Ducking scrutiny

Baltimore's City Council this week voted down a proposed charter amendment that would have required that each city agency be audited every two years. And no wonder; such a proposal may be unprecedented in Maryland. A review of the charters of Anne Arundel, Baltimore, Harford, Howard, Prince George's and Montgomery counties reveals that they have no such requirement.

No, in those jurisdictions, the charters require that audits be conducted every year.

During the debate on the amendment, Mayor Stephanie Rawlings-Blakeformally requested that the city comptroller's office, of which the city auditor is a part, investigate some agencies, including the Department of Recreation and Parks, whose books have not been audited for decades. But she opposed the proposal, which was sponsored by Councilman Carl Stokes, and her influence was apparent in the council's 8-7 vote against the measure. Her allies on the council, including one who had been a co-sponsor of the measure, voted as a bloc to reject it.

The city finance department issued a letter that raised concerns about the cost of conducting audits, though it was not able to estimate how much that would be. The letter also cautioned: "Another consideration is the capacity of individual agencies, boards and commisisons to prepare for fiscal audits. One of the preliminary items required for an audit is financial statements. Most city agencies, boards and commissions do not prepare annual financial statements and lack the expertise to prepare these documents." In other words, the finances of city agencies are such a mess that we shouldn't bother examining them.

That might be amusing if there weren't so many examples of city agencies making costly mistakes. Within the last year, The Sun's Scott Calvert and Jamie Smith Hopkins (neither of whom is an accountant) have managed to uncover errors in the administration of homestead property tax credits, historical preservation credits and the assessment of unsold waterfront condos that have cost the city tens of millions of dollars. And in February, city Auditor Robert L. McCarty issued a report on water bill irregularities that resulted in $4.2 million in refunds to 38,000 customers. Since then, The Sun has reported on a variety of other errors, ranging from an apartment complex that was overbilled by $1.4 million for its water service to a pair of meter readers who were fired for simply making up numbers to put on customers' bills. The mayor has taken some steps to correct those situations, but they raise the question: What other costly errors is the city making that are simply going undetected?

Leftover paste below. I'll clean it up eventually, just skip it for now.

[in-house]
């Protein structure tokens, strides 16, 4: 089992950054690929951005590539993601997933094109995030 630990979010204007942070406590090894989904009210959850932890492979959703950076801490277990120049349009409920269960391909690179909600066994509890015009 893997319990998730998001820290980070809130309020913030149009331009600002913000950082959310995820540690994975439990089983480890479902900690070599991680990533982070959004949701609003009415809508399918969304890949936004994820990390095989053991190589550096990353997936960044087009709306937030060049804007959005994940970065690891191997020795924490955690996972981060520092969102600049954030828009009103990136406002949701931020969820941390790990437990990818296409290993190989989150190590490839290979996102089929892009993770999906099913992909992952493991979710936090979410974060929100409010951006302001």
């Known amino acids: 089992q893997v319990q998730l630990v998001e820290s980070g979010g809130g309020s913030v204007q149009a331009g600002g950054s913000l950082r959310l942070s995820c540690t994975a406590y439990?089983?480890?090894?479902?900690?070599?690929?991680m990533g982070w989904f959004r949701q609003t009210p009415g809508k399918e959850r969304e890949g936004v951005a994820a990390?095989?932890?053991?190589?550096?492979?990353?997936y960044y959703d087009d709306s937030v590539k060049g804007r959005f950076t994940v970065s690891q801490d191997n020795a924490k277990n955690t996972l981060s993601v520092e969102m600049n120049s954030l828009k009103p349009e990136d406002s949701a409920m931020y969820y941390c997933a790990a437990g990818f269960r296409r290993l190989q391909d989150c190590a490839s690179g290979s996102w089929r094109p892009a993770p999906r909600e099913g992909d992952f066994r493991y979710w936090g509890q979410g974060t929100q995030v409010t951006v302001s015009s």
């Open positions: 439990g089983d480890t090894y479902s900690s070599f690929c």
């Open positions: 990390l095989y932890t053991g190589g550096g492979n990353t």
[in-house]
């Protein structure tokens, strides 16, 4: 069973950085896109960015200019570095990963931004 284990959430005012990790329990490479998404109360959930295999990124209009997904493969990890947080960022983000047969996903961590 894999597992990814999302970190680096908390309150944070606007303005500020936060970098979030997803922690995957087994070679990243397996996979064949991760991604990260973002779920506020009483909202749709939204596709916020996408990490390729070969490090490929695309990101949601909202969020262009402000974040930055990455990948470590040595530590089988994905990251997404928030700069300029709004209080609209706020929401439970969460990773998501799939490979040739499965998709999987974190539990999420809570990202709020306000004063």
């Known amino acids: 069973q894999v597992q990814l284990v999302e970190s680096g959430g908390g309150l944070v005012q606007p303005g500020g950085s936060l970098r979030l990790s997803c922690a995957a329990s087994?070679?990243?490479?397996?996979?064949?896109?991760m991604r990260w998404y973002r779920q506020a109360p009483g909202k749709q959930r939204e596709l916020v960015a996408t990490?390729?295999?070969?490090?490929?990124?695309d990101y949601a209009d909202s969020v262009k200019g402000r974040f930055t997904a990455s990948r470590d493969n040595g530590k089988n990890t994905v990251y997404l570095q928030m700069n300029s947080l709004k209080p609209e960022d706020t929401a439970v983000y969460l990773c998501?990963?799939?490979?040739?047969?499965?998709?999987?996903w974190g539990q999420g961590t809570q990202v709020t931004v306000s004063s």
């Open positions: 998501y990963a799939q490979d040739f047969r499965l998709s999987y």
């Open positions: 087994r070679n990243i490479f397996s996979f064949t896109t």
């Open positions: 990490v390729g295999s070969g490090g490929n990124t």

In its letter of opposition to Mr. Stokes' proposal, the finance department concludes that it is unclear whether the benefits of mandatory, biennial audits would outweigh the cost. Ms. Rawlings-Blake has seen the value in going after people who, due to errors by the city or state, are paying too little in property taxes. She established a billing integrity unit with the aim of collecting that untapped revenue, and she fought this year to protect funding to add more inspectors to it. But a penny in wasteful spending found by an audit is just as good (actually, better) than a penny collected in taxes. Anne Arundel, Baltimore and Harford counties — all demonstrably tighter with a buck than Baltimore City — have found the expense of audits to be worthwhile. Why not Baltimore?

It probably hasn't helped matters that consideration of this amendment comes at the same time that Ms. Rawlings-Blake has been feuding with Comptroller Joan Pratt over the purchase of telephones. Mr. Stokes' proposal calls for auditors not only to make sure the books are balanced correctly but also to offer recommendations for the more efficient operation of city agencies, and that could well produce a steady stream of critical reports, at least in the first few years. Perhaps Ms. Rawlings-Blake views this charter amendment as an invitation to embarrassment at the hands of a political rival.

But taxpayers aren't likely to see it that way. Residents who pay the highest property tax rates in the state would surely love to hear that the city was investing in an effort to make sure their money isn't wasted. Rather than being killed outright, this bill was sent back to committee, where it is unlikely to be resurrected unless the mayor reverses her position. We hope she does. Regular audits would more than pay for themselves — both in the money saved by the city and in the confidence they would buy for city residents that their government was operating just as efficiently as those in the suburbs.

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